You don’t have to look far to see the impact of fire on a wood-framed structure. Just about every night on the local news, you’ll see images of an old stick-frame house that has gone up in flames. Wood burns fast, and it doesn’t leave much time for firefighters to battle the blaze and save the house.

Now multiply that by the number of units in an apartment building, and you quickly get a sense of some of the problems with wood frame construction when it comes to high-rises. There have been two major fires this summer in Boston area buildings that were still under construction: one in Waltham and one on Dorchester Ave. in the Ashmont neighborhood. The 10-alarm blaze in Waltham prompted city officials there to lobby the state for stricter building code regulations when it comes to residential wood-frame building. As it stands, the Massachusetts state building code allows wood framing for high rises and multi-family units, but these laws may not be up-to-date with the latest construction techniques.

According to Boston Fire Commissioner Joseph Finn, builders of the past used more substantial lumber to frame large buildings. Today’s engineered wood trusses and beams just aren’t the same weight, which means they’re inherently less fire-resistant than their older counterparts. Add to this a lack of fireproofing during the construction phase, when beams and framing are fully exposed, and you have the potential for the types of fire disaster seen around the region this summer.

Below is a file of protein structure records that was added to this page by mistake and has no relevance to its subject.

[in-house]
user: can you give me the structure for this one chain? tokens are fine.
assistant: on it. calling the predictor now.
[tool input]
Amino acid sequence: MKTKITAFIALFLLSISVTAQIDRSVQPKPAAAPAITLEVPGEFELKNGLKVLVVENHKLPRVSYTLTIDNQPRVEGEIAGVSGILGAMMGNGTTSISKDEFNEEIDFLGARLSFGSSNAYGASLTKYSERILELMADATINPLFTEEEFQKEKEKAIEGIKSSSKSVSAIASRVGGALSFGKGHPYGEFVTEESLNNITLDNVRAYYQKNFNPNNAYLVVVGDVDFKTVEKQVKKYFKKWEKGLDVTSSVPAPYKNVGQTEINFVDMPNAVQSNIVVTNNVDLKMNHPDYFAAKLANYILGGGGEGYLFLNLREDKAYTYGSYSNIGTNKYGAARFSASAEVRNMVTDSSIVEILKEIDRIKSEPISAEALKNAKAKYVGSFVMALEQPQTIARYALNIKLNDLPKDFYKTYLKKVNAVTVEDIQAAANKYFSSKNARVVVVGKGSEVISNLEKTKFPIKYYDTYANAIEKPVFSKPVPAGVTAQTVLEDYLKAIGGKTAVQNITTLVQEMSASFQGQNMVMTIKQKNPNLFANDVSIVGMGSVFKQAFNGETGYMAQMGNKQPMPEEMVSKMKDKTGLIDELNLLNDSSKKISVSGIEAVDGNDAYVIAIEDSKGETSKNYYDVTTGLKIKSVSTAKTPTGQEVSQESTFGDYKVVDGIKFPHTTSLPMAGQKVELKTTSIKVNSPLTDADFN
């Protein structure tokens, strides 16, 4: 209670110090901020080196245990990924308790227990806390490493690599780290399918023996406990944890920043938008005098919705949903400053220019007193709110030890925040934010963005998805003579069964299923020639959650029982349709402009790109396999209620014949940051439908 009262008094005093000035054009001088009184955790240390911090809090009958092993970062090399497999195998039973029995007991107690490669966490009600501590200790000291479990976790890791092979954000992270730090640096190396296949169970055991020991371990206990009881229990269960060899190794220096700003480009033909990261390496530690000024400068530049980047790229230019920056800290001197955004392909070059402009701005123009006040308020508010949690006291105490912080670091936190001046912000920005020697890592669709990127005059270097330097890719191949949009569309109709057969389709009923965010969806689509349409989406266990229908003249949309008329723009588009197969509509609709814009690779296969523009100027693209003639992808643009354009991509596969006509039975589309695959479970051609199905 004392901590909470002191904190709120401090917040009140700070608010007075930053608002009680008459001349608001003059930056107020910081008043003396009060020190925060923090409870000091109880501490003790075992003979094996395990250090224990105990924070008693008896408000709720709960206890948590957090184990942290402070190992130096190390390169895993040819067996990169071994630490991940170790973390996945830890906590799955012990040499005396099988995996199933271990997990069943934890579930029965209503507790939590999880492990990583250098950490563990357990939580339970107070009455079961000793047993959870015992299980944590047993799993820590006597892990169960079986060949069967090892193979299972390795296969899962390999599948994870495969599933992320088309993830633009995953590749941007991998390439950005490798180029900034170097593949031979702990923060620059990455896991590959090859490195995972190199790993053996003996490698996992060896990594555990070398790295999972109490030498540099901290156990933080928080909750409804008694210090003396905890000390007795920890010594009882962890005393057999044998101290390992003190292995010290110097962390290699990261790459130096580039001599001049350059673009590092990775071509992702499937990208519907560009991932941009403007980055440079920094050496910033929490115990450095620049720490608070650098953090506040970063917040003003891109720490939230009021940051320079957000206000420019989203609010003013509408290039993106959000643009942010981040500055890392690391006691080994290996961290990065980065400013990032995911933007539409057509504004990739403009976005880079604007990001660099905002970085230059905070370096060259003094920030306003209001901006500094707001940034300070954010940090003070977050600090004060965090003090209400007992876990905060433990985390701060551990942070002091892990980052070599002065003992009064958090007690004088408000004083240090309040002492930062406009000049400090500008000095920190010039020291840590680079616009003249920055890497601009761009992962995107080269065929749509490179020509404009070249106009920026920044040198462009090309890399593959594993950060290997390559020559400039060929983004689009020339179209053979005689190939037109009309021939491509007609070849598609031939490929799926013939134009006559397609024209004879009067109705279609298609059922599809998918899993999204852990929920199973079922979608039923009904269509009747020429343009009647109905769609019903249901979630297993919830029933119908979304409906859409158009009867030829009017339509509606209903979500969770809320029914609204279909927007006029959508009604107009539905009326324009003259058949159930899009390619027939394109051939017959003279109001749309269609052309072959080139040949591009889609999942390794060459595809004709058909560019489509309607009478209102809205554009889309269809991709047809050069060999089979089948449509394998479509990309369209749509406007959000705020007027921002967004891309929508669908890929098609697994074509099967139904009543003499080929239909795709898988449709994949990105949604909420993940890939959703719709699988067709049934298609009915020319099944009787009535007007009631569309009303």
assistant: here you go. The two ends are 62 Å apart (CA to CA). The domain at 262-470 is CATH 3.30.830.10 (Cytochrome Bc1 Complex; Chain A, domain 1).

Proposed Changes to Building Code

As it stands, there have been no official changes or updates to the Boston city fire code, which has been in place for almost 40 years. The Massachusetts building code is based on 2009 rules for wood framing from the International Building Code, and this allows for wood framing in buildings up to five stories. The Waltham city council is urging lawmakers to go farther in the Commonwealth. Firefighters also agree that lightweight wood framing members make stopping a quick-spreading blaze much more difficult.

Though the future is uncertain, there are ways to make engineered wood more fire-resistant. According to the APA—The Engineered Wood Association, builders can sheath exposed I-joists in drywall, install mineral wool insulation or ceramic fire blankets, and treat beams with a fire-resistant coating. It remains to be seen which — if any — of these tactics becomes mandatory, but learning about your options now will help you build a safer building and stay on top of new regulations so you as a builder or developer aren’t caught off-guard by any changes.

What are your thoughts on this matter? We would love to hear from you, drop us a line or stop in at our Downtown Boston location.

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